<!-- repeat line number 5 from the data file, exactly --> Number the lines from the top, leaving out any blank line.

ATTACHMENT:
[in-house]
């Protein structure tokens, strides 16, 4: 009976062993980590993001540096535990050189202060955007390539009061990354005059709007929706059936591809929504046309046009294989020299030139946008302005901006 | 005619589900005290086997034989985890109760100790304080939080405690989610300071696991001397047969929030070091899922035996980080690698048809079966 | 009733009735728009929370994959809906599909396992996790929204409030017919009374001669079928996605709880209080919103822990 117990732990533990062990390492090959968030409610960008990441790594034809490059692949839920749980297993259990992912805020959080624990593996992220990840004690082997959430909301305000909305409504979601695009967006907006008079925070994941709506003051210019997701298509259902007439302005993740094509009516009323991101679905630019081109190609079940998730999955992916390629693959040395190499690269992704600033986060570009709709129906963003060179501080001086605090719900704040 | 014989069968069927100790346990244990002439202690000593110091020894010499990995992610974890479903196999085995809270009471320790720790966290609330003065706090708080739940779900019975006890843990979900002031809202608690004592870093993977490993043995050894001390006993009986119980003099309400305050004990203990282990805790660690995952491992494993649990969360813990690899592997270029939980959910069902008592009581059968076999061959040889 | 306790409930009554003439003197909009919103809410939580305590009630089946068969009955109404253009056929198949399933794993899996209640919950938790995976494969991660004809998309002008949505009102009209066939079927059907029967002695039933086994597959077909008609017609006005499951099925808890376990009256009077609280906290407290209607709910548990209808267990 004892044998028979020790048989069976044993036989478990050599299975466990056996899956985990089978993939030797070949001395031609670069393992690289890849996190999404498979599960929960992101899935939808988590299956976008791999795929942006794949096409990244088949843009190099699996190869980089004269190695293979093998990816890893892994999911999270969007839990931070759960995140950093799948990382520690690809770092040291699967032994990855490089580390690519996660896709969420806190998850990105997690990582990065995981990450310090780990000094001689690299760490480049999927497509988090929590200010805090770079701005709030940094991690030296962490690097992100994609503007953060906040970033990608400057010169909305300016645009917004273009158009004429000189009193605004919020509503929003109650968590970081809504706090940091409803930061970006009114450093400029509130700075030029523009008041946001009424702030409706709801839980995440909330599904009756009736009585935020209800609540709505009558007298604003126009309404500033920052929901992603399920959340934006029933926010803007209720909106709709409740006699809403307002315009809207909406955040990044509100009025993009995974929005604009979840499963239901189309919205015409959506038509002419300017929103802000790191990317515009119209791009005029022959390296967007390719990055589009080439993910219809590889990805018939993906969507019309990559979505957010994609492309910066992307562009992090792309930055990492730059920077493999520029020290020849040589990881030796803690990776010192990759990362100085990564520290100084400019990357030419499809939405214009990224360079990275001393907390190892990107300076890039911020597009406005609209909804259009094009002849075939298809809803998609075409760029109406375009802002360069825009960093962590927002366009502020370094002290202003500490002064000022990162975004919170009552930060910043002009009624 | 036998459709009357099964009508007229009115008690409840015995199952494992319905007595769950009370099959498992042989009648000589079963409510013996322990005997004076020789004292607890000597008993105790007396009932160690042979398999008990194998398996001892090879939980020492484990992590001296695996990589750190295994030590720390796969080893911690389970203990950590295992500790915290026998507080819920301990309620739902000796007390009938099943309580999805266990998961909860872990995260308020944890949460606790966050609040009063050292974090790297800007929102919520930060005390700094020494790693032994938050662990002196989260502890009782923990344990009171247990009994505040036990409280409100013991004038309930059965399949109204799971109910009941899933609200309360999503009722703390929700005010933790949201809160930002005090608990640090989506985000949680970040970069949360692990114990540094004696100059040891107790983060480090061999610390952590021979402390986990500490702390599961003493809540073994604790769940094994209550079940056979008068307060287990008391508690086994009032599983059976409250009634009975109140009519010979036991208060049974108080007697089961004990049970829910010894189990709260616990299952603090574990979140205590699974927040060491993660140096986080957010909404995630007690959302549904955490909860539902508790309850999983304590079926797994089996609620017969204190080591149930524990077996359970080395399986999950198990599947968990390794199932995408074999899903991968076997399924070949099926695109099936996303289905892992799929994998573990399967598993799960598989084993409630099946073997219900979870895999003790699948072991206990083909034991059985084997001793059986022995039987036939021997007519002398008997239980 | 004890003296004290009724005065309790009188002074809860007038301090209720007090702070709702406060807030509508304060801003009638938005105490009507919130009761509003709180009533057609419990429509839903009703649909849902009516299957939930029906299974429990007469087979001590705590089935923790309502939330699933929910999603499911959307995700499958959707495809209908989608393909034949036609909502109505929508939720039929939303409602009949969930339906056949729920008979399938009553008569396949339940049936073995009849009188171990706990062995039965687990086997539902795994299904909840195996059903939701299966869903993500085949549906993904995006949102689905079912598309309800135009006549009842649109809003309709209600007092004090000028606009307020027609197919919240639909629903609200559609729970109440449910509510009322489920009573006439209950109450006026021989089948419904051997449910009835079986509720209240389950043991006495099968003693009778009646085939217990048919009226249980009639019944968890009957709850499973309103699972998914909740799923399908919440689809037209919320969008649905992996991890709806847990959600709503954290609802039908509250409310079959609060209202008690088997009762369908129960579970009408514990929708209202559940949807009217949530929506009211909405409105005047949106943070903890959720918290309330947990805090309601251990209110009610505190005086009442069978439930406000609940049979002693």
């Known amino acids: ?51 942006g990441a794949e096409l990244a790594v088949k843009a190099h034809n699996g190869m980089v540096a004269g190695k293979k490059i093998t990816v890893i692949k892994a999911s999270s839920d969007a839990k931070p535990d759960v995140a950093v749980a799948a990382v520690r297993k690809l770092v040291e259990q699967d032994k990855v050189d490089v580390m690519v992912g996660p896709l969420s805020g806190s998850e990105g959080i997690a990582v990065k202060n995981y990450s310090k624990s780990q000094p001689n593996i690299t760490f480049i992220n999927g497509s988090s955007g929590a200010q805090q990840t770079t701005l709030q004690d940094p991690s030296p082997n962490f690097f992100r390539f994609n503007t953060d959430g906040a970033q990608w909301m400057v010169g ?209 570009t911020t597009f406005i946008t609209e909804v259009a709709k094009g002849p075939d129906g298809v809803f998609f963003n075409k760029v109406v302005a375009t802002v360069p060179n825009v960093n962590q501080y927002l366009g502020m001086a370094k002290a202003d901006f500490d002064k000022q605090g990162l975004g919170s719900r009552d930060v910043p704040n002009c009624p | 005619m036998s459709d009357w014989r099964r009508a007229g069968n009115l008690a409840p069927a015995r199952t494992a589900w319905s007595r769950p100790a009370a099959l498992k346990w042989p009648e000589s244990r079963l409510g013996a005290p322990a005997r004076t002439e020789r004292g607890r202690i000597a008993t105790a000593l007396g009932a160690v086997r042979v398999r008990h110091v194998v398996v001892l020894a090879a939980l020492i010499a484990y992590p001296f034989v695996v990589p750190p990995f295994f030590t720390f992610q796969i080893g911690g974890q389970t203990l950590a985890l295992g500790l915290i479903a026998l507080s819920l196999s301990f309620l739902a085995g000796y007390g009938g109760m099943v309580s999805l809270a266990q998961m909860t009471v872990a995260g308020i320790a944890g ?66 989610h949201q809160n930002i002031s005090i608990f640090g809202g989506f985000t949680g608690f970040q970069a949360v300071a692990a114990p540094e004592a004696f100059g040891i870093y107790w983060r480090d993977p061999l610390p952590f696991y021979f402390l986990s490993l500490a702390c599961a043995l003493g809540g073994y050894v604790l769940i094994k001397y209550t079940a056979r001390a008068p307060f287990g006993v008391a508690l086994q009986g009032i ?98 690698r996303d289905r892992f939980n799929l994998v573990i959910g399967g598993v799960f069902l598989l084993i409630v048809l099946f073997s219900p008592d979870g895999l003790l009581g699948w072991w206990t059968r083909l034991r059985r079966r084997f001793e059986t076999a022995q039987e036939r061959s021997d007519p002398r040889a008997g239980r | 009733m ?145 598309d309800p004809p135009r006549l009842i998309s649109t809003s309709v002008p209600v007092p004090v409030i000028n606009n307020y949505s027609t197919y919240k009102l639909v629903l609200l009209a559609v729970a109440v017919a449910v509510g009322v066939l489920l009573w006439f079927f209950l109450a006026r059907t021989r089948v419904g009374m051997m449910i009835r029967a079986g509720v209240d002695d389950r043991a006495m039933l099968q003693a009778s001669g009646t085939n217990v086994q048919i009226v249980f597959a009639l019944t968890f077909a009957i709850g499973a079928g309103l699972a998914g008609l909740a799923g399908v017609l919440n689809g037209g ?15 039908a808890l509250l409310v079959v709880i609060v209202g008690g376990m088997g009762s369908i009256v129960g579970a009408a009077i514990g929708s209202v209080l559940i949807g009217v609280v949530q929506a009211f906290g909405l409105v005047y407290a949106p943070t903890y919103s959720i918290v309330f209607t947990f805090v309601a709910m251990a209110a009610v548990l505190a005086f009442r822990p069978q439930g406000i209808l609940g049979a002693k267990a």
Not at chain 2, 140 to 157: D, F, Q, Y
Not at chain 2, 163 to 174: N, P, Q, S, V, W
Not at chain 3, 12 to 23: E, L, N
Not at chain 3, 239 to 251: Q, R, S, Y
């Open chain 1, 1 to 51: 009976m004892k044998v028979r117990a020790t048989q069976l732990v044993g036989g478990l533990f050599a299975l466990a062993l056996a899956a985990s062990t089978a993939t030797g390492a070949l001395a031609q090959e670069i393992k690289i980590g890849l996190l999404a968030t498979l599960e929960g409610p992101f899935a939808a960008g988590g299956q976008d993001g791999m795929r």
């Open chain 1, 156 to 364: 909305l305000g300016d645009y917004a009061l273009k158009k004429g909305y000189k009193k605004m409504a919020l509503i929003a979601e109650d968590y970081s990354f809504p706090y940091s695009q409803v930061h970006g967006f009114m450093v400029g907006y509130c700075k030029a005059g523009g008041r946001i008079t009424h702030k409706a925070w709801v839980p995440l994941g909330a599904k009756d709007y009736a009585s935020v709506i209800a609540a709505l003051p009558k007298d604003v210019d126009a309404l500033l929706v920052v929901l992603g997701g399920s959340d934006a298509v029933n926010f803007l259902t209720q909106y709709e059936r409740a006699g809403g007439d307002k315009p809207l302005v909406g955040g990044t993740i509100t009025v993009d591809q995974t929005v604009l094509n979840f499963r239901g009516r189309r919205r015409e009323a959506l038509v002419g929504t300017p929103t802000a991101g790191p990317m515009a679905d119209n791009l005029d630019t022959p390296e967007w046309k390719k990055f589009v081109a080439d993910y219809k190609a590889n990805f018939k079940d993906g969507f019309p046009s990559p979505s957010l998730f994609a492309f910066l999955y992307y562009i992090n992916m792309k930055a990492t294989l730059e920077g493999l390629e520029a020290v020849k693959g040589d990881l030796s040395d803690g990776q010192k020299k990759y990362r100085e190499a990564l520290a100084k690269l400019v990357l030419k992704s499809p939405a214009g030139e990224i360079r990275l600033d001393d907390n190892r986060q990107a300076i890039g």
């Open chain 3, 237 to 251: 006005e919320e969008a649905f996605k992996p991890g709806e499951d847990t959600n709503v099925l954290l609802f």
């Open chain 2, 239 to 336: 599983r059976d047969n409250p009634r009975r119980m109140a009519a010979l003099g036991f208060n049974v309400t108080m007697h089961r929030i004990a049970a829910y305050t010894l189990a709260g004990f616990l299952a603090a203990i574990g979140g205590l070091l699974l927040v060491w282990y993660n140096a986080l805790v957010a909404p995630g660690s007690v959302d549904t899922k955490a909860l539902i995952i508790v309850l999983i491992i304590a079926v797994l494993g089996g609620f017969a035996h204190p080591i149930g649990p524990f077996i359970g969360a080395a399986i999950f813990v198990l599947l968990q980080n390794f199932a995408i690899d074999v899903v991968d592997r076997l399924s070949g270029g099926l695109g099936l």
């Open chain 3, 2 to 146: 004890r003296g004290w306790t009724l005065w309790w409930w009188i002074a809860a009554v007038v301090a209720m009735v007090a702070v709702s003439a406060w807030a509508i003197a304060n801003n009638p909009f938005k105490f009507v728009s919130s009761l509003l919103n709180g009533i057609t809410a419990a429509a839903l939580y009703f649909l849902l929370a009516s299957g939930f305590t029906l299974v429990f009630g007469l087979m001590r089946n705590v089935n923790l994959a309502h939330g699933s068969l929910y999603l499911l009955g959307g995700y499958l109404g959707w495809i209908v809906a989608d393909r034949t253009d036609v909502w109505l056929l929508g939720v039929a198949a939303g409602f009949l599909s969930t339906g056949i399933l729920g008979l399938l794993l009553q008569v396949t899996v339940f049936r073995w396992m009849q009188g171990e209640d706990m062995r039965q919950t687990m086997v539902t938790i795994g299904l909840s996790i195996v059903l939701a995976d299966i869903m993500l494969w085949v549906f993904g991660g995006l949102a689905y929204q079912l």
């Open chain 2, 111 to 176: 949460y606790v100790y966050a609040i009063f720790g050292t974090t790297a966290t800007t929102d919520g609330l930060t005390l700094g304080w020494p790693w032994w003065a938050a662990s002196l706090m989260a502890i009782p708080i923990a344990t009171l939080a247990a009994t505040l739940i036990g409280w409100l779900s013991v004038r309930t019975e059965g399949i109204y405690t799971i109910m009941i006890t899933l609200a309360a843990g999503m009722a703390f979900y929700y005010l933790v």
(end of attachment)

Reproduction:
Not at chain 2, 163 to 174: N, P, Q, S, V, W